Blood Orange, Almond and Ricotta Cake

I’m hosting a dinner party in a few weeks, and this always means that I’m looking for delicious ideas for all the meal parts, but especially dessert.  This was so beautiful and different looking that I thought I might serve it, but being the naturally risk-averse person that I am, decided to “test” it first before finding out three hours before dinner that the recipe failed me or anything unexpected like that.


THANK GOODNESS I did, since this ended up taking nearly twice the amount of time it claimed it would in baking, and I definitely needed an extra orange to get that amount of juice.  All in all, a delicious cake that is rapidly being devoured.



1/2 cup brown sugar
2 tablespoon water
3 large eggs, separated
2/3 cup (135 grams) granulated sugar
3 blood oranges
1/2 cup (4 ounces or 115 grams) unsalted butter, softened
2/3 cup (165 grams) ricotta
1/3 cup (45 grams) cornmeal
1 cup (135 grams) firm-packed almond flour or meal
1/2 teaspoon fine sea salt
1/4 cup apricot jam

Heat oven to 300 degrees F. Butter a 9-inch round cake pan and line the bottom with a round of parchment paper.

Stir brown sugar and water together so they form a thick slurry. Pour into prepared cake pan and spread thin. Set aside.

Whip egg whites in a medium bowl with an electric mixer until they hold thick peaks. Set aside.

Place granulated sugar in a large mixing bowl. Finely zest all 3 oranges over it.

Cut oranges in half. Cut one of the halves into paper-thin slices and arrange slices over brown sugar base in cake pan. Juice other 5 halves (to get about 1/3 cup juice) and set juice aside.

Add butter to zest and granulated sugar in large mixing bowl and beat with an electric mixer (you can use same beaters you just did for egg whites) until light and fluffy. Add egg yolks, one at a time, and beat to combine. Add juice and ricotta; mix until smooth. Sprinkle salt over batter, then add almond flour and cornmeal and mix until just combined. Gently fold in egg whites.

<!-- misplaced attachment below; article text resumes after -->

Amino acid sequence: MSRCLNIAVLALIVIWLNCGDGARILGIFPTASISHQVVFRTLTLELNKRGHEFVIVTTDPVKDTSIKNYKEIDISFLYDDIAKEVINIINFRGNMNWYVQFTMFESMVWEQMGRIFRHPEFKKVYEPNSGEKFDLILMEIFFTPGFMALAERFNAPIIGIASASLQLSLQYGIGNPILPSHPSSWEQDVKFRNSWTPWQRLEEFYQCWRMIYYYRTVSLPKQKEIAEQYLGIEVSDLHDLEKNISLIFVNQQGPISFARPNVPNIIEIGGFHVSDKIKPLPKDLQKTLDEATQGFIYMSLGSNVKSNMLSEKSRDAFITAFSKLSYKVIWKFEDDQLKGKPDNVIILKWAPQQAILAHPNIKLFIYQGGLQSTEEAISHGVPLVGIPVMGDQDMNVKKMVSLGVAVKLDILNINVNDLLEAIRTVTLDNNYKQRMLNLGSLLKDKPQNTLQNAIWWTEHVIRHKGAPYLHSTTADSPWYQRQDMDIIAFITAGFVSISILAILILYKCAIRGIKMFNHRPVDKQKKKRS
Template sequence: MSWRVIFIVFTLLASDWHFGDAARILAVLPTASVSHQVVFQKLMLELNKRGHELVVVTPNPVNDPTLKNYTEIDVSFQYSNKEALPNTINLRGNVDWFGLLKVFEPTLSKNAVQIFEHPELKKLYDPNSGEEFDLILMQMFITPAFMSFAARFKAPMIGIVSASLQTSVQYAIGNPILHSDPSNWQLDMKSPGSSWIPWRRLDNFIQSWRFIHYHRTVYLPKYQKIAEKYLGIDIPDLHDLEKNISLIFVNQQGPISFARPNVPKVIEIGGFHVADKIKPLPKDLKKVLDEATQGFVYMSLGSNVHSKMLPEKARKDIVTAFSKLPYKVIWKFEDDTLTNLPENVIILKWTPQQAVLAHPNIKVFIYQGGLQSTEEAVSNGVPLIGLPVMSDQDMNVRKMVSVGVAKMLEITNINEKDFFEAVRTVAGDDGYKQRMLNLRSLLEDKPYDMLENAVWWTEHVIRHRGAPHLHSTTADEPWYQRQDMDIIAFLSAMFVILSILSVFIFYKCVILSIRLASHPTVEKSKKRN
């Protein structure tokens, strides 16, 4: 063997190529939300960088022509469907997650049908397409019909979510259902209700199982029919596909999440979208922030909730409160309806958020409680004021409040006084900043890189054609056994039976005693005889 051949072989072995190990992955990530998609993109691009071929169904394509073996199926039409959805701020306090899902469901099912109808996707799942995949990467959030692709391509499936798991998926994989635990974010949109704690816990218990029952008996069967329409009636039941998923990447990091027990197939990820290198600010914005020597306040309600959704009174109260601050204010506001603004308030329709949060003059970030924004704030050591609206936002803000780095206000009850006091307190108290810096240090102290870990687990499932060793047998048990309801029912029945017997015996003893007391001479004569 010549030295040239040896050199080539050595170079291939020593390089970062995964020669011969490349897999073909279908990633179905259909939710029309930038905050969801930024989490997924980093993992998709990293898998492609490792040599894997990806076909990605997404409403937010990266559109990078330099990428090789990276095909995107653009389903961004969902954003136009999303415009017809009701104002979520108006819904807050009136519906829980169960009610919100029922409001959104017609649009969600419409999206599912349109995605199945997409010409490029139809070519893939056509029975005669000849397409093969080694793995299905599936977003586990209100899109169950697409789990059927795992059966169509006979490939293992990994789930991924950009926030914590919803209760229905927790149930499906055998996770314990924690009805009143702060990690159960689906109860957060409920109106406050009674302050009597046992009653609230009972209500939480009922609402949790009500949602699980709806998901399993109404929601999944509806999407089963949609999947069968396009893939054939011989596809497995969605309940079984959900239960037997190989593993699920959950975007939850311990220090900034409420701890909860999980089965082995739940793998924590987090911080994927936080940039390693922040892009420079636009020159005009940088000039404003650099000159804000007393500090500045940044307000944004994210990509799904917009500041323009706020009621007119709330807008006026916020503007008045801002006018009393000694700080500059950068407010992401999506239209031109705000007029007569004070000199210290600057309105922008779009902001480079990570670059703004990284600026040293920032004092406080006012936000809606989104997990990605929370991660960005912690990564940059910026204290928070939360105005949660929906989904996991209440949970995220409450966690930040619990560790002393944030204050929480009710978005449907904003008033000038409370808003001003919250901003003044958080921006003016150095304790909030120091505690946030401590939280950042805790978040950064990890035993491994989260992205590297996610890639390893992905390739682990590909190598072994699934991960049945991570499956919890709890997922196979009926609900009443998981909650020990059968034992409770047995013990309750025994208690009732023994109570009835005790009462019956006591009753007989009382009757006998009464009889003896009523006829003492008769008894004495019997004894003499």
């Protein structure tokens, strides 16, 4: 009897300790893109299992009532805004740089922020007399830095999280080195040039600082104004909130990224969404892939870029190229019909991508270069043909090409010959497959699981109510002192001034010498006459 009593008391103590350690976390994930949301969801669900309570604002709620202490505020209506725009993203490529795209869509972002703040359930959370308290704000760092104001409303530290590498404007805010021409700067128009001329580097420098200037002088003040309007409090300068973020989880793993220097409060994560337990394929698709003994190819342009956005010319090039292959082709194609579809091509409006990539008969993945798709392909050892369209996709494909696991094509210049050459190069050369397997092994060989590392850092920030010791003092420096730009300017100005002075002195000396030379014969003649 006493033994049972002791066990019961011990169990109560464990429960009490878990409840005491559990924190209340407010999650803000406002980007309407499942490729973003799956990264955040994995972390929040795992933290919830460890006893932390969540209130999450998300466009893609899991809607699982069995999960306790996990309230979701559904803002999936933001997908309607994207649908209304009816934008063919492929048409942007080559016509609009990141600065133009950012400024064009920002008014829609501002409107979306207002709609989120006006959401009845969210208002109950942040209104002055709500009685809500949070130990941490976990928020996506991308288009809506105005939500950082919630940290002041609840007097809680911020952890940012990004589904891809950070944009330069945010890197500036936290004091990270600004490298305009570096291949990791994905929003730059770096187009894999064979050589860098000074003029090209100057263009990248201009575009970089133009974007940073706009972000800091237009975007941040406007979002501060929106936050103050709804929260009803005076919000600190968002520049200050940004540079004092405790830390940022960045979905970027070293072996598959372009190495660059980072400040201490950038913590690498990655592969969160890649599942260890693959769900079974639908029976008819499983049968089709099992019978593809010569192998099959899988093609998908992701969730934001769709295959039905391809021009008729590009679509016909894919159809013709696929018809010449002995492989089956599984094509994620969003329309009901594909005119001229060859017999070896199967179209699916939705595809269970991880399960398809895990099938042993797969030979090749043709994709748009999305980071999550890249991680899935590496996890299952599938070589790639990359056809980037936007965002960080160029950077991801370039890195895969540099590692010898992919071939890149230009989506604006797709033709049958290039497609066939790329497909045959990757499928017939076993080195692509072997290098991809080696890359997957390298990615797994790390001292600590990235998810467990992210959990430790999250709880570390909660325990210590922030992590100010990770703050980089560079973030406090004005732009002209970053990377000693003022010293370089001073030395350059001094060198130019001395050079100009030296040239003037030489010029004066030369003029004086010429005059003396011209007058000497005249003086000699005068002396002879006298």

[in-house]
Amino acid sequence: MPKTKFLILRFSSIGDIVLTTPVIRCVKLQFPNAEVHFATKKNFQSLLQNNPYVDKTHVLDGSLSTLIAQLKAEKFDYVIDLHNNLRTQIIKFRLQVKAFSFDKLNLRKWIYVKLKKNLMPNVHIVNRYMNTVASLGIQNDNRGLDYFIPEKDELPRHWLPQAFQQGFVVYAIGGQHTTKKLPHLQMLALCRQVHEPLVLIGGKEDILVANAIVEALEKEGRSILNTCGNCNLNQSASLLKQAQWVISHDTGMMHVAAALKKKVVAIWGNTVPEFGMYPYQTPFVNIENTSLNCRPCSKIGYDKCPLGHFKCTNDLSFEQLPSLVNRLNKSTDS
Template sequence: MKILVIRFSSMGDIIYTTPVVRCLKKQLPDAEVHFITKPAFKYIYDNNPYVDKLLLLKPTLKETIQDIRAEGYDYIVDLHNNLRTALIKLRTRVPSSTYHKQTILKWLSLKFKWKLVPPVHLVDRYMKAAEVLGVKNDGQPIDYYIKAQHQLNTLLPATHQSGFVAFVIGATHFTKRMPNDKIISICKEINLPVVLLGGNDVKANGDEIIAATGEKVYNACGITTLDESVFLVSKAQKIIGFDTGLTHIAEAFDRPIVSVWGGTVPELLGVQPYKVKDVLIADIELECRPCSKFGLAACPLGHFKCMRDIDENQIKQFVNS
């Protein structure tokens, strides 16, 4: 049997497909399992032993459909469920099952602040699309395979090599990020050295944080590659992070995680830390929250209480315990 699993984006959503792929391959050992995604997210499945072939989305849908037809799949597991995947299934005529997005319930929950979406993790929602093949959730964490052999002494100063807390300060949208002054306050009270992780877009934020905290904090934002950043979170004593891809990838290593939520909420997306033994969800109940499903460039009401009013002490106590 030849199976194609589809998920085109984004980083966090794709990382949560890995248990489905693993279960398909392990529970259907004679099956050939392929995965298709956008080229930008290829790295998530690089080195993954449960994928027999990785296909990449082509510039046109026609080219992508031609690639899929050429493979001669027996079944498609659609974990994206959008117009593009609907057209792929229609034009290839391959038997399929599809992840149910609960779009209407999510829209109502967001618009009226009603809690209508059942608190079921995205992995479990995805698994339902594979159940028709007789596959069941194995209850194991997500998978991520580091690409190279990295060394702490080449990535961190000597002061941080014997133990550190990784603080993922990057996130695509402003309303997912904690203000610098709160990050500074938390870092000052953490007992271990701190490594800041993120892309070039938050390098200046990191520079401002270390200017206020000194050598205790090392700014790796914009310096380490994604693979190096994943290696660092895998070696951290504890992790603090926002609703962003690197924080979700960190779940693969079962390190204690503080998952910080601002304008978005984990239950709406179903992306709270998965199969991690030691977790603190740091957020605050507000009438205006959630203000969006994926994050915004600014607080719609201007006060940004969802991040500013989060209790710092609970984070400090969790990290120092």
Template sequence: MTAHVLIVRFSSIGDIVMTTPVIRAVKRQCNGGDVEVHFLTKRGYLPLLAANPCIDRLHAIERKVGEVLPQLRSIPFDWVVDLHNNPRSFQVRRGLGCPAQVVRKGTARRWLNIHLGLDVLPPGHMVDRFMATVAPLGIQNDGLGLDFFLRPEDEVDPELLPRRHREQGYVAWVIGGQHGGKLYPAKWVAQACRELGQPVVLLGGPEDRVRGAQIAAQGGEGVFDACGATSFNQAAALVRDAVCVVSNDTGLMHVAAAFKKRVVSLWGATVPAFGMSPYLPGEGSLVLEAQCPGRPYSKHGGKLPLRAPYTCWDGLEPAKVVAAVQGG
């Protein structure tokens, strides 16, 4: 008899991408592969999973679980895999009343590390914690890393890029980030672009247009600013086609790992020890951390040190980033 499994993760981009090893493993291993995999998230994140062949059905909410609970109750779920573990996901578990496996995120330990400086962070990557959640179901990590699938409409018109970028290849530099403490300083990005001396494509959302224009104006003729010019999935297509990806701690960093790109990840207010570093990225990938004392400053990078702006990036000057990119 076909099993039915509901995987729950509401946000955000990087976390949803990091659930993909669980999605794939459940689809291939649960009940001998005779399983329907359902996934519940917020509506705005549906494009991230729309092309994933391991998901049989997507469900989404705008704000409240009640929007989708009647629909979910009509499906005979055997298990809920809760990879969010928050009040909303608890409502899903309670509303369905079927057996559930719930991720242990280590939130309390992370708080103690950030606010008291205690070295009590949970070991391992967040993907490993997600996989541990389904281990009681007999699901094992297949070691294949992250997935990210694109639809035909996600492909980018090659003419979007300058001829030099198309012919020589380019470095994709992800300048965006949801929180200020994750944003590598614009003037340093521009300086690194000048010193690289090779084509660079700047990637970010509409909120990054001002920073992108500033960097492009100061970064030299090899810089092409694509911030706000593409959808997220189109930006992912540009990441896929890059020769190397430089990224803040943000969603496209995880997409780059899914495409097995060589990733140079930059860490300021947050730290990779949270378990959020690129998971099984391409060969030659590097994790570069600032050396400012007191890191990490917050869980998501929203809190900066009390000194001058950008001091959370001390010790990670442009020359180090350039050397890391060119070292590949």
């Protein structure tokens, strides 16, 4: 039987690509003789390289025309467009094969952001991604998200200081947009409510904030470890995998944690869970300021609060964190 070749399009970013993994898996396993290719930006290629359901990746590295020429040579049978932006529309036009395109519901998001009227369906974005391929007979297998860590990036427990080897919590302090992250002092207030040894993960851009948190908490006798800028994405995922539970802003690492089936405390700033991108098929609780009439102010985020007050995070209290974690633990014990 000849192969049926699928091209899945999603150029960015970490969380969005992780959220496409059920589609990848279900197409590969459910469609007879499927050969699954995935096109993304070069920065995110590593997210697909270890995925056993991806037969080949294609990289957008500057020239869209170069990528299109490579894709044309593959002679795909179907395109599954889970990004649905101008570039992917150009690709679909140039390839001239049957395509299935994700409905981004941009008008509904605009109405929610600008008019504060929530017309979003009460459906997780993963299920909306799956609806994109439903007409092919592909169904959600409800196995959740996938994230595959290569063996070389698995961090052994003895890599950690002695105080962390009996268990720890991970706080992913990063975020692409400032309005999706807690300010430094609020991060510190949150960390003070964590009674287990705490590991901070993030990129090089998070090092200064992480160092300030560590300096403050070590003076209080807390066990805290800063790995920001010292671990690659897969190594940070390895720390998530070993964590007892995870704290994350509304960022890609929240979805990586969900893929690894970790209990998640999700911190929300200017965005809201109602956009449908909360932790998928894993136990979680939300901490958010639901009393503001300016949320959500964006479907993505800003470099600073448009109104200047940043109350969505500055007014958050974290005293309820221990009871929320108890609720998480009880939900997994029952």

Scoop batter in large dollops over prepared cake pan base. Gently spread batter flat, trying not to disturb orange slices underneath. Bake in heated oven for 1 hour and 15 minutes.  (The original recipe calls for 35-40 minutes but my cake was waaaaaay undercooked at that point and had to keep cooking and cooking it!)

Cool cake in pan on rack for 5 minutes, and then run a knife around the side and invert onto a cake plate. If any orange slices don’t come out easily, just gently arrange them on the top of the cake. If desired, heat jam until loose and brush over cake top for a glossier finish. Let cool and cut into slices. Tastes good at room temperature or after being chilled.

Adapted from Smitten Kitchen.

No Bake Nutella Cheesecake

I wasn’t planning on making any special desserts for Valentine’s Day, mainly because I had just made a week’s worth of post-dinner desserts in the form of pot de creme.  However, when Lisa sent me this round-up of recipes, I knew that I had to make the Nutella cake.  The thought of  basically taking a tub of Nutella and then not having to bake anything to create a dessert was too tempting to pass up.

This cake vanished in a matter of days, and was wonderfully dense and like eating blocks of fudge on top of a graham cracker like crust.  I would probably make it with a graham cracker crust next time. Thanks to this recipe, I also learned what Digestives are.  True to their name, apparently they were originally used to help with digestion!  (A product name that describes exactly what it does? Brilliant.)

While I could have added Hazelnuts, I couldn’t seem to find them in my grocery store and had not thought to add them to my order, and as it turns out – I think it was much better without the extra nuts!
  • one 8.8-ounce package of Digestive cookies, or substitute graham crackers or chocolate wafer cookies
  • 75grams (5 tablespoons plus 1 teaspoon) soft unsalted butter
  • 400grams (one 371-gram jar is fine) Nutella, at room temperature, divided
  • 100grams (2/3 cup) hazelnuts, well-toasted and chopped (see note), divided